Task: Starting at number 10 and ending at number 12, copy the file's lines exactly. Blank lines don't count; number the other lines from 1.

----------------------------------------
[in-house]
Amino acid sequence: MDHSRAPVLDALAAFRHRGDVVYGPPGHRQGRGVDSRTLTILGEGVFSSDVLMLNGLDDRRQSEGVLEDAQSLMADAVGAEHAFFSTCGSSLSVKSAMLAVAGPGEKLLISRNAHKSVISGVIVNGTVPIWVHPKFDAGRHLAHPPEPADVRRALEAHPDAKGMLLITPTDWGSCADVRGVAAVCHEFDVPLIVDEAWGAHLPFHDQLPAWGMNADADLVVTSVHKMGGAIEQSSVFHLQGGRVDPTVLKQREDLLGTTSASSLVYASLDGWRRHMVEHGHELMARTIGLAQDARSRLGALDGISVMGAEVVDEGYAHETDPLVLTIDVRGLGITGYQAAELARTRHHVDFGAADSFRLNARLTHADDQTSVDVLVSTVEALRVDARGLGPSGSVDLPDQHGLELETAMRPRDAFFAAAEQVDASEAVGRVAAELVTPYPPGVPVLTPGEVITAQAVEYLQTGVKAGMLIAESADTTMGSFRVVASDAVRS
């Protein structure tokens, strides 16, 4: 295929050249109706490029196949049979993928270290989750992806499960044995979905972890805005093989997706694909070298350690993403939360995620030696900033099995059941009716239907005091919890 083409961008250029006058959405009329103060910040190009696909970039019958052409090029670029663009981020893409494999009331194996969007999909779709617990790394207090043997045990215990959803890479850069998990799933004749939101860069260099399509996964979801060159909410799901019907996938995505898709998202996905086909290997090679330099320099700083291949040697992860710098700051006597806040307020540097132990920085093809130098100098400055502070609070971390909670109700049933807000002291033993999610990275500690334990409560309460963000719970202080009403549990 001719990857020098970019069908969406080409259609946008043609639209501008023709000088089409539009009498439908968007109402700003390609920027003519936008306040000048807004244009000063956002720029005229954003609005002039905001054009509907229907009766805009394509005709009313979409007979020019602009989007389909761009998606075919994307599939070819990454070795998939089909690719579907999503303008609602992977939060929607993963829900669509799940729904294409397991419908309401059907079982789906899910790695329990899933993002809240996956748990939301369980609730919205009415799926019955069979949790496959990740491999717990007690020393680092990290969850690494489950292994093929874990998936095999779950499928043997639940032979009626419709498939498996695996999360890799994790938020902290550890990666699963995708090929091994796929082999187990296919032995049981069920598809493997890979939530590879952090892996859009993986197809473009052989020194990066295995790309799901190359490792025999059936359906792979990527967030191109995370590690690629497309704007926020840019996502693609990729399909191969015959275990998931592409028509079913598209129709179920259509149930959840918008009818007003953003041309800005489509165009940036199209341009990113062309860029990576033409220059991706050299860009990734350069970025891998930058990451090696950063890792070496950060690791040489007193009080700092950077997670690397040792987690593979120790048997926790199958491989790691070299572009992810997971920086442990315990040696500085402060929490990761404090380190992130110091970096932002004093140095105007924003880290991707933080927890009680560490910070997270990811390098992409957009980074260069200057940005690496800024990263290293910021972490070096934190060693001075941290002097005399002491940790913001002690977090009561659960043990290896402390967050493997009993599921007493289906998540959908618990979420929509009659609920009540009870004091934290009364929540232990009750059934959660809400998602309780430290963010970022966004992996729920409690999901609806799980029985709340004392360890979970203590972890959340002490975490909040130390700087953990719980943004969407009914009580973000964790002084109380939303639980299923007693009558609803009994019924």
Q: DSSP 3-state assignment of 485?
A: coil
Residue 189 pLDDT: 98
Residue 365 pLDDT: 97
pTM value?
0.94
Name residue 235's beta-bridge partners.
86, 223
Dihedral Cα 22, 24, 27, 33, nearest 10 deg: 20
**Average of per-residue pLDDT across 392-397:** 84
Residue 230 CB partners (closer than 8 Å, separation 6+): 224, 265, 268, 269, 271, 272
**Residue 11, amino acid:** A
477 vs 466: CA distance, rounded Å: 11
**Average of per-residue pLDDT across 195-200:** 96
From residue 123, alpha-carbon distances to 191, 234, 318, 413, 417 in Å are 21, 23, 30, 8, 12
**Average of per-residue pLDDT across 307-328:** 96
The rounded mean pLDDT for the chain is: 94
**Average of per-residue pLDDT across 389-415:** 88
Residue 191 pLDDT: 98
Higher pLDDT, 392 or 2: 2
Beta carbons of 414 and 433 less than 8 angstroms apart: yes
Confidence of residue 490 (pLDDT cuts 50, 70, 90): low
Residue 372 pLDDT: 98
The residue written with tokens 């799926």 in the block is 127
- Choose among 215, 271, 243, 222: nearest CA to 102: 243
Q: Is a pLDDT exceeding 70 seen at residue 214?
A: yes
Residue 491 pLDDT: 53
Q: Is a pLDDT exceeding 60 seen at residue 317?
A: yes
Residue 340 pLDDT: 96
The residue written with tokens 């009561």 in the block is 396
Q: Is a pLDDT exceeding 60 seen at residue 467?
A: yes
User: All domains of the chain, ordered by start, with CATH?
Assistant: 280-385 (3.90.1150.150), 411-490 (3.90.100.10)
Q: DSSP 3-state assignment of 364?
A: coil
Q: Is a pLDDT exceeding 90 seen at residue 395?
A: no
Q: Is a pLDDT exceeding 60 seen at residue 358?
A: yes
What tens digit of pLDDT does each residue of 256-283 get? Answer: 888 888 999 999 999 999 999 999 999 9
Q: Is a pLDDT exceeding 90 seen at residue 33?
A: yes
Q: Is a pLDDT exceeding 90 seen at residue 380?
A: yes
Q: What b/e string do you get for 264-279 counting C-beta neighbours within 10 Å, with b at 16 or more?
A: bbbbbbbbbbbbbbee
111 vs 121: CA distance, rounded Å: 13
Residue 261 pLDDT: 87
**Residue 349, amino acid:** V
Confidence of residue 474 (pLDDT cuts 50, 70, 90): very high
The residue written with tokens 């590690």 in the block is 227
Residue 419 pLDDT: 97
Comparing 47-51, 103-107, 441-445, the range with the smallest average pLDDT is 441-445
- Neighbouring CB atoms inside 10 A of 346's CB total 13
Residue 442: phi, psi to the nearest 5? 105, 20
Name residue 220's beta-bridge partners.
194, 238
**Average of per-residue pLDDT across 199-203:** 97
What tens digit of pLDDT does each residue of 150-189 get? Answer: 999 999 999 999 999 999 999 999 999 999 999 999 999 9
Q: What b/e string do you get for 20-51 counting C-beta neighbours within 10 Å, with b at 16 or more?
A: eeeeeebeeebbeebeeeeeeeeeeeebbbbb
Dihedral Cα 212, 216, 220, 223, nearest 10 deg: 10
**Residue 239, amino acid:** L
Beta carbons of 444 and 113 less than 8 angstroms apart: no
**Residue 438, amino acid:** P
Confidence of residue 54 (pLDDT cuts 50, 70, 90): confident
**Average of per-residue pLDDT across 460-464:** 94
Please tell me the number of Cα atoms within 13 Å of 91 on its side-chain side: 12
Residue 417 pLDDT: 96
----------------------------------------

Name residue 235's beta-bridge partners.
86, 223
Dihedral Cα 22, 24, 27, 33, nearest 10 deg: 20